In an eagerly anticipated development, astronomers have created the largest and most precise 3-D map of the Milky Way galaxy. The European Space Agency's $1-billion Gaia mission released its newest data set in April, detailing the positions and motions of more than a billion stars.
The Gaia spacecraft, launched in 2013, scans the entire sky from its orbital parking spot above the side of Earth opposite the sun. Its unprecedented map is based on 25 separate observations of individual stars and their movements over about two years and contains a representative sample of 1 percent of the Milky Way's orbs. The data, described in a series of papers published online starting in April in Astronomy & Astrophysics, can be extrapolated to simulate the galaxy's past and future.
“We are measuring a map in a moment in time, but we can also go backward and forward,” says Jos de Bruijne, Gaia's deputy project scientist.
Gaia released its first data set in September 2016. But because of limited observation time and reliance on prior knowledge of celestial positions, it tracked the distances and motions of only two million stars. The second data set contains similar details on 1.3 billion of them—650 times as many as the initial trove.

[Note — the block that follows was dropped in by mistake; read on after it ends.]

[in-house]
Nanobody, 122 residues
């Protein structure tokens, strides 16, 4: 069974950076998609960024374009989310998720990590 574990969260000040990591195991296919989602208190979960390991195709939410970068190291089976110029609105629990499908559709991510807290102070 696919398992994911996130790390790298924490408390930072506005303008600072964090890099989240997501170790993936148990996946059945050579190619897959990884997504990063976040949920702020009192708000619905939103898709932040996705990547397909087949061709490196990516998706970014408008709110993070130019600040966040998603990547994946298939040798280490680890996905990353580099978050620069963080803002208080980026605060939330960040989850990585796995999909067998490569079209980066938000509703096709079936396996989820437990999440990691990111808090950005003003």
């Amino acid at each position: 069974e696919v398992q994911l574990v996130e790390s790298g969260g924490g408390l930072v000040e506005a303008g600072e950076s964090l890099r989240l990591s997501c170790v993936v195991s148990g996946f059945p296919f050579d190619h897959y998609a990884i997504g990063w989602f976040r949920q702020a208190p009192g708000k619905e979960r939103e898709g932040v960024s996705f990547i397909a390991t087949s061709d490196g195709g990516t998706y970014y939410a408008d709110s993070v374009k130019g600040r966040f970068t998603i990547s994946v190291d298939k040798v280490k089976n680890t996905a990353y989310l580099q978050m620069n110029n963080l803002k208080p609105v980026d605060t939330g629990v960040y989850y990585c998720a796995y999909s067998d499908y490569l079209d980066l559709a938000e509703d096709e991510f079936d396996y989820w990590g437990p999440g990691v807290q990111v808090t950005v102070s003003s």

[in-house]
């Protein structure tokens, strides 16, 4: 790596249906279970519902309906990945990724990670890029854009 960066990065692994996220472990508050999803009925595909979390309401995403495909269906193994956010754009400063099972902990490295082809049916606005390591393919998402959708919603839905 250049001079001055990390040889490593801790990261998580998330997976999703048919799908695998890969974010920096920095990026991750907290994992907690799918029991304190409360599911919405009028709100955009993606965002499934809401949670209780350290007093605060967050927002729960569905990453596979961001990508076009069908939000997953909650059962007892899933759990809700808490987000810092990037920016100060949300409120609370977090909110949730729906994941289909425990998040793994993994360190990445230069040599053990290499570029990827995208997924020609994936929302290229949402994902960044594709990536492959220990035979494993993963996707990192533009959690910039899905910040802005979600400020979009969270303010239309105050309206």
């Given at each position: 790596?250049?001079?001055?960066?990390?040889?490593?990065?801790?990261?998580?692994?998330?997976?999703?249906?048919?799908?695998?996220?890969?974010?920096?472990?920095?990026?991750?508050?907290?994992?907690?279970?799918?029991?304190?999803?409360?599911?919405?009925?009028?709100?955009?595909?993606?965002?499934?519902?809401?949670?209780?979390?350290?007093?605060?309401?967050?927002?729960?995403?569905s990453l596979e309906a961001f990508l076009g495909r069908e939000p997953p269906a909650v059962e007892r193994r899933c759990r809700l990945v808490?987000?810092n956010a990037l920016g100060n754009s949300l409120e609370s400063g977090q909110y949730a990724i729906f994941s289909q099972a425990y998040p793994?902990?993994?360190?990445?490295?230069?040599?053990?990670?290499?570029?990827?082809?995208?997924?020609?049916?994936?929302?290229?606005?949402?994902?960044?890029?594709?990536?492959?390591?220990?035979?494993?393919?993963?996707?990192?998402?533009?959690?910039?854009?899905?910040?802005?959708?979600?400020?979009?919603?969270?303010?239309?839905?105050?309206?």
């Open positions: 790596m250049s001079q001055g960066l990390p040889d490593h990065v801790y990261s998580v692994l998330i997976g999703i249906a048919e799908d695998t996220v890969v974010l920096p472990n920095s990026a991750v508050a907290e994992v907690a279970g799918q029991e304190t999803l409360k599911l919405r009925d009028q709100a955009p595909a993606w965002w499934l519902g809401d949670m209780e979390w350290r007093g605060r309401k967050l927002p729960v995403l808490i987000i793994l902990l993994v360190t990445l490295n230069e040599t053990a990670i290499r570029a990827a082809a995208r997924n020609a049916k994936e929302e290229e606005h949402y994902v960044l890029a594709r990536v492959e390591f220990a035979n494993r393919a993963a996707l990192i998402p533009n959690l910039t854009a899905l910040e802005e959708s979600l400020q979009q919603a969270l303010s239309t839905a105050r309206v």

The telescope can accurately observe stars in the galactic center, up to 30,000 light-years away—equivalent to a person on Earth spotting a penny on the moon. “The precision of the proper motions measured by Gaia is what really makes it so revolutionary,” says Allyson Sheffield, an astrophysicist at LaGuardia Community College, who was not involved in the project.
Gaia's two optical telescopes and three scientific instruments can also measure stellar brightness, temperature and composition. The new data set includes stars' colors, which can reveal crucial details about their surface temperature and age. Such diverse observations make the spacecraft a “one-stop galactic-structure shop” for astrophysicists, Sheffield says.
The data also include the radial velocities—the motions toward or away from Earth—of seven million stars. Such measurements allow scientists to calculate the speed of these orbs with respect to our sun, which in turn reveals more about how the galaxy may have evolved. As a bonus, the data set contains observations of 14,099 asteroids orbiting within the solar system.
Precise knowledge of stellar motions will not only improve scientists' understanding of galactic history and evolution, it could also offer clues to the nature and distribution of mysterious “dark matter” and could test alternative theories of gravity, says Amina Helmi, an astrophysicist at the Kapteyn Astronomical Institute in the Netherlands and a member of the ESA's Gaia mission.